Institute for War and Peace Reporting | Giving Voice, Driving Change
The belated entry of Zimbabwe’s former finance minister Simba Makoni into the presidential race has prompted speculation that a second round of voting will be needed after the March 29 polls.
But some argue that the ruling party will determine the outcome through control and abuse of the electoral process, removing the need for a run-off.
Makoni is one of four candidates who will contest the presidential poll, set to take place on the same day as senate, house of assembly and local government elections.
Before Makoni came into the picture, it was essentially a two-horse race for the presidency between the country’s leader since independence 84-year old Robert Mugabe, and Morgan Tsvangirai, head of the main faction of the opposition Movement for Democratic Change, MDC.
However, there has been speculation that Makoni’s candidacy will split the vote, triggering a second round.
According to a constitutional amendment of 2002, 51 per cent of the vote is now required to win the presidency instead of a simple majority as was previously the case.
Some observers believe Makoni may snatch votes from the MDC in urban areas, and undermine the ruling ZANU-PF in the countryside where it holds sway. The candidate, who has no party of his own, is seen as representing moderates from both sides.
Zimbabwe’s former information minister, political scientist Jonathan Moyo, suggested that all three leading candidates could struggle to clear 51 per cent of the vote.
“If you look around where Tsvangirai is popular and likely to get support, where Makoni is popular and likely to get support, where Mugabe is popular and likely to pick more votes, none of them is guaranteed 51 per cent,” said Moyo on an online news site.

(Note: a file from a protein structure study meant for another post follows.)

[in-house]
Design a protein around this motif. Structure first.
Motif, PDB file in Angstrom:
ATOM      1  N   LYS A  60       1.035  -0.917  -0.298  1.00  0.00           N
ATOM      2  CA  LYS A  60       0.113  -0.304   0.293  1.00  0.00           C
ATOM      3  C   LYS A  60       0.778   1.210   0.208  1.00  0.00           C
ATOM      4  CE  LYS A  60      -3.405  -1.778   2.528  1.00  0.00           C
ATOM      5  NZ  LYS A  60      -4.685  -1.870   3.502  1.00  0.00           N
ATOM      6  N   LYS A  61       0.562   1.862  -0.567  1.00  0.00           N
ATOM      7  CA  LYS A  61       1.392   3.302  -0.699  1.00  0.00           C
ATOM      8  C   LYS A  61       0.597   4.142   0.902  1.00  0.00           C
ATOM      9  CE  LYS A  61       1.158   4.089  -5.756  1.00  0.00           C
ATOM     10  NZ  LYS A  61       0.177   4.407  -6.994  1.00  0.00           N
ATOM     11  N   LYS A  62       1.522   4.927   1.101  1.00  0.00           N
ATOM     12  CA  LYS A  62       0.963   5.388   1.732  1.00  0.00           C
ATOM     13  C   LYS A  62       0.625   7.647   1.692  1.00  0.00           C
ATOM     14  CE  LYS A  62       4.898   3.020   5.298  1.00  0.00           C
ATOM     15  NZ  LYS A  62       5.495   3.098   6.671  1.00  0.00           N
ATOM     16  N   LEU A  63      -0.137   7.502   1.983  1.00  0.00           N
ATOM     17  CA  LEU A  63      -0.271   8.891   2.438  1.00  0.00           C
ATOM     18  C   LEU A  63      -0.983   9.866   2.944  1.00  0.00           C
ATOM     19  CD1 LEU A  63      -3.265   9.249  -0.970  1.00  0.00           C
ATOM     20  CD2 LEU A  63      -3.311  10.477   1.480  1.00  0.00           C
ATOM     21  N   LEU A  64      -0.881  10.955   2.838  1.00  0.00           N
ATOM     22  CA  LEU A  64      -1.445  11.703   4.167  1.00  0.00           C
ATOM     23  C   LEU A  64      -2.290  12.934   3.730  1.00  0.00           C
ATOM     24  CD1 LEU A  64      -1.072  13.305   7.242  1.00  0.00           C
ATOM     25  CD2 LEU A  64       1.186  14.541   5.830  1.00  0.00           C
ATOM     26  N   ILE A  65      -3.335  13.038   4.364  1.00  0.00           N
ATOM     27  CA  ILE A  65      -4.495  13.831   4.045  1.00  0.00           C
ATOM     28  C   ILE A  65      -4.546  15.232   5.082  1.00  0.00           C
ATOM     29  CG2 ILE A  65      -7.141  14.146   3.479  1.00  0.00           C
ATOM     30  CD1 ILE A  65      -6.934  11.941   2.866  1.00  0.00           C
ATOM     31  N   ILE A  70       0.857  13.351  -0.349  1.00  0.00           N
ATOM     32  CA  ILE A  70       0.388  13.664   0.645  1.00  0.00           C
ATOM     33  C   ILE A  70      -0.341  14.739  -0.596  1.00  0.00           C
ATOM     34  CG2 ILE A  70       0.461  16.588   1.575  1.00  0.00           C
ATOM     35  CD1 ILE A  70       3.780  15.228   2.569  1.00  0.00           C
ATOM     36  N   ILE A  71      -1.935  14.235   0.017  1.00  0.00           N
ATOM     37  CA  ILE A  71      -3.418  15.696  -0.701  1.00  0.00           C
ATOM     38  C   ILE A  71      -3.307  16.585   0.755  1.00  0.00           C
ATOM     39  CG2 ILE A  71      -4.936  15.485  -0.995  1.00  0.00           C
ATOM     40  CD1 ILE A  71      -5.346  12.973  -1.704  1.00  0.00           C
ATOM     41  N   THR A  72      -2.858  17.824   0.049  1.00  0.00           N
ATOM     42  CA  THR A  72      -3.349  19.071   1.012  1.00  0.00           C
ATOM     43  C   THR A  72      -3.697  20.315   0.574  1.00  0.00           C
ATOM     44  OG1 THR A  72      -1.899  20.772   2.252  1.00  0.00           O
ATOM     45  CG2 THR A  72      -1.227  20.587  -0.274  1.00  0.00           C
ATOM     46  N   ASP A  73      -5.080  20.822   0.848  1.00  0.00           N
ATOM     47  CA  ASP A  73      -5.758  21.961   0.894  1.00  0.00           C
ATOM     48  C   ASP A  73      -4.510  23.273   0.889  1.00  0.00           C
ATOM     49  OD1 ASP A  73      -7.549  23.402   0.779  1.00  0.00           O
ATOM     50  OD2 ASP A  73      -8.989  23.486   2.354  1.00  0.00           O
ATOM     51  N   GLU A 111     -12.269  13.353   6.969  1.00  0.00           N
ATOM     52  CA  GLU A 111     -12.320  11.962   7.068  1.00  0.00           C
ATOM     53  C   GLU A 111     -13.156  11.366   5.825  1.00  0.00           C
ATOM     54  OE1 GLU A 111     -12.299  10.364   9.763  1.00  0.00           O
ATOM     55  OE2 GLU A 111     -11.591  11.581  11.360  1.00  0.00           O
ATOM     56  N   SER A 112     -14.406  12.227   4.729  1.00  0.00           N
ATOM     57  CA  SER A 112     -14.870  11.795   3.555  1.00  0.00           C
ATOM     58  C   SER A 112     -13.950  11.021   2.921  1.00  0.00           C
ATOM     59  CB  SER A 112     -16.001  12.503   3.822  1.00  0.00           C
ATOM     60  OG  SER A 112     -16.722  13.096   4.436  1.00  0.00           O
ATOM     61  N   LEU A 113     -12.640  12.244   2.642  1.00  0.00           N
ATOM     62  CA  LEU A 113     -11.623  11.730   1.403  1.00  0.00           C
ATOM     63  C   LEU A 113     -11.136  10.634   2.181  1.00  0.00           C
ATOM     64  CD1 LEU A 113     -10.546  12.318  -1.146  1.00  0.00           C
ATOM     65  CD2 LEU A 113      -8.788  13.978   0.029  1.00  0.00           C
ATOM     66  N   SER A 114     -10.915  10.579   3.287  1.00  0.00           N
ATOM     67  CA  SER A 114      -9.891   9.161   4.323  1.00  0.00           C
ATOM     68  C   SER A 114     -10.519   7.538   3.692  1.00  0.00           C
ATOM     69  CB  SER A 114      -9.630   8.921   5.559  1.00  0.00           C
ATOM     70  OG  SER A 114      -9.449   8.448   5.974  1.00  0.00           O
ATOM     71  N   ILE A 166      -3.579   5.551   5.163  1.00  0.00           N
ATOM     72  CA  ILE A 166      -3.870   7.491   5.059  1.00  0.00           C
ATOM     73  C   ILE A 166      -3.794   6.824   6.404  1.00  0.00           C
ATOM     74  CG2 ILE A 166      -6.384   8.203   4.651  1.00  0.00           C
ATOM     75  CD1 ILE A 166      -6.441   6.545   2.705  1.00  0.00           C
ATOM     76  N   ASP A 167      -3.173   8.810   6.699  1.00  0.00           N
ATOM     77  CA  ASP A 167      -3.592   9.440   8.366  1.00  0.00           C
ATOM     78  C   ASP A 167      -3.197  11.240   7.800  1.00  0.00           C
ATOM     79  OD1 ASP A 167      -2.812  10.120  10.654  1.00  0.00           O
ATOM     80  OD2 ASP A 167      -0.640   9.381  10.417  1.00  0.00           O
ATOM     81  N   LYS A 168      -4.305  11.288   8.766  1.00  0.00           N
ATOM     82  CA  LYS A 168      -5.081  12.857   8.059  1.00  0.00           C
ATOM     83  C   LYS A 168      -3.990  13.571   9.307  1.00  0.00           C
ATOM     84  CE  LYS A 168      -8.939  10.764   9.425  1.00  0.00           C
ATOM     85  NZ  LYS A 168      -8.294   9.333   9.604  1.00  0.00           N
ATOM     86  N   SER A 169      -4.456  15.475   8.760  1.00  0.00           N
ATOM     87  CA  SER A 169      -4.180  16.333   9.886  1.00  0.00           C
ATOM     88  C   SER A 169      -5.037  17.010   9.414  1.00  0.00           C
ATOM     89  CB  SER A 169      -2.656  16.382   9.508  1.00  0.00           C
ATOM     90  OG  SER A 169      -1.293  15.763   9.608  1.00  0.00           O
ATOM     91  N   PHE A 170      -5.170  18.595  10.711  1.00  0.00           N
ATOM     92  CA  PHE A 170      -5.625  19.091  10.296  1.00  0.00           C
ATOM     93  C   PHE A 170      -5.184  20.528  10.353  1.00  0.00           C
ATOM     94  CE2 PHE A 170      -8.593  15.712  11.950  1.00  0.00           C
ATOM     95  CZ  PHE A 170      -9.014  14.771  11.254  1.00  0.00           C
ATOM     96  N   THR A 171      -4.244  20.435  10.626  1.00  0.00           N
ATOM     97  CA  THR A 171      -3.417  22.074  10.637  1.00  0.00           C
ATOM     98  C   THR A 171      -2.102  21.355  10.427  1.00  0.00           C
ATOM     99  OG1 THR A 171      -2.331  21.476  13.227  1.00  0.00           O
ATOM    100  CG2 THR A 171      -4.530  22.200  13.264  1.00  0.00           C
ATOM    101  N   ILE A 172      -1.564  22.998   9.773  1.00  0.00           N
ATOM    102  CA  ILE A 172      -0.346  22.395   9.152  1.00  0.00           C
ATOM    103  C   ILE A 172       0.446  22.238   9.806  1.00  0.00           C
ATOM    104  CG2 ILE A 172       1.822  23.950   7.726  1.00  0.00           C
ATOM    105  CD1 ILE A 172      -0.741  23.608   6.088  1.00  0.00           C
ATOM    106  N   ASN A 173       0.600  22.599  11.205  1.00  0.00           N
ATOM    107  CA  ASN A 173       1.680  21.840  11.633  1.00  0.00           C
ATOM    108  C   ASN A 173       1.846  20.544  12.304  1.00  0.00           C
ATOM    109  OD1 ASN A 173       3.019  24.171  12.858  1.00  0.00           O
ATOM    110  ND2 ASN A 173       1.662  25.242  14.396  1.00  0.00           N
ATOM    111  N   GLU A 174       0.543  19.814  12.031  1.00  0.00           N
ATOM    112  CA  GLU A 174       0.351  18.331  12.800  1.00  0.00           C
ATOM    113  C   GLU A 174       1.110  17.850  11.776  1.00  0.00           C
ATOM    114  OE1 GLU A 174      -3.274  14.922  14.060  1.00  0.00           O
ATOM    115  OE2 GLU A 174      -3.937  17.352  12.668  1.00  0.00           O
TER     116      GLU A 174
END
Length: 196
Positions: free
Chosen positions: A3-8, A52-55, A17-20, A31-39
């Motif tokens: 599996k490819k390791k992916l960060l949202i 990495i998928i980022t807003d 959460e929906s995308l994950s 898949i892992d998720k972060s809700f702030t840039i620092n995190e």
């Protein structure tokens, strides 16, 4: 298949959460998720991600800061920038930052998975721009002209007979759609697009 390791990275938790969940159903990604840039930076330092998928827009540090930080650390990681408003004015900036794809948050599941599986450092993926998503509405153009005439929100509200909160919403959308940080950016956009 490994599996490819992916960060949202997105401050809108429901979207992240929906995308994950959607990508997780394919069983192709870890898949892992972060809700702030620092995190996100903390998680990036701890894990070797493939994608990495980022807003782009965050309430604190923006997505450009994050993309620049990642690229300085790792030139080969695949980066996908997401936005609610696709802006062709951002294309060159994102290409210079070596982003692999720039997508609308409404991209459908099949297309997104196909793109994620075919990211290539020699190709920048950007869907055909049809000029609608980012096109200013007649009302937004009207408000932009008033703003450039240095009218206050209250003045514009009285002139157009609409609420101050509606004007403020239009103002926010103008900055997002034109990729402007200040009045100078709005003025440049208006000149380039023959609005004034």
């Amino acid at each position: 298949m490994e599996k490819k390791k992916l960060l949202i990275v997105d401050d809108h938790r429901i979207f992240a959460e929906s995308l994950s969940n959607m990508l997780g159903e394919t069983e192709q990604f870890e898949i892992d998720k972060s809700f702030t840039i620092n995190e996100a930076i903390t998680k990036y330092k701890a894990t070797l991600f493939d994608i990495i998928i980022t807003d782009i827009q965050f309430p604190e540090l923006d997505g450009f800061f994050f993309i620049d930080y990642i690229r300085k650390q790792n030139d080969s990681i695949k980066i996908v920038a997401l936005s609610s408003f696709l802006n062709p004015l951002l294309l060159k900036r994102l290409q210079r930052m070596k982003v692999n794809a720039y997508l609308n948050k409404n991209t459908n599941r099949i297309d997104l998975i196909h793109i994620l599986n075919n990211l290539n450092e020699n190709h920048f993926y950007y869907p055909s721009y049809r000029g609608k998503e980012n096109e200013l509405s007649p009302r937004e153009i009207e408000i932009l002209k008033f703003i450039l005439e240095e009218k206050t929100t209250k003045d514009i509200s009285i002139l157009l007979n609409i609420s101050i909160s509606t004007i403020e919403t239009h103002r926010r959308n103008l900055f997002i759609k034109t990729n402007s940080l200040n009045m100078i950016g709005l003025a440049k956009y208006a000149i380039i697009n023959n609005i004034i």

However, a political science lecturer interviewed by IWPR under conditions of anonymity said Mugabe would never “allow himself to be humiliated” by a second ballot.
“A run-off is only possible when the whole electoral system is transparent and all the parties have access to the entire process - from the casting of the vote, through to counting, to the announcement of the final result,” he said.
He argued that the authorities would use their control of administrative bodies to manipulate the results.
“The election results are decided by the command centre which is under the full control of the ruling ZANU-PF party and to which Makoni and Tsvangirai and their agents have no access,” he said.
The political scientist said the opposition party missed a chance in the recent negotiations with ZANU-PF, mediated by the Southern African Development Community, SADC, when it failed to demand access to the command centre where the final results of all national elections are processed.
The SADC negotiations, which began in March last year, are intended to achieve an agreement between ZANU-PF and the MDC to put an end to the country’s eight-year political and economic crisis.
He said that if a close challenger to Mugabe emerged during the poll, it would be easy for the command centre to use postal votes from abroad to widen Mugabe’s lead. He suggested it was easy to exploit the postal voting system to influence results.
The political scientist added that the opposition had shot itself in the foot by failing to resolve the internal differences which led it to split in 2005. He also argued that because the MDC delayed its decision to take part in elections, many of its supporters may have missed the chance to register to vote.
“They took too long to decide whether or not they wanted to take part in the elections,” he said. “As a result, it is possible that a number of people who wanted to vote for them didn’t in fact register as required by law.”
Joseph Sithole is the pseudonym of an IWPR journalist in Zimbabwe.
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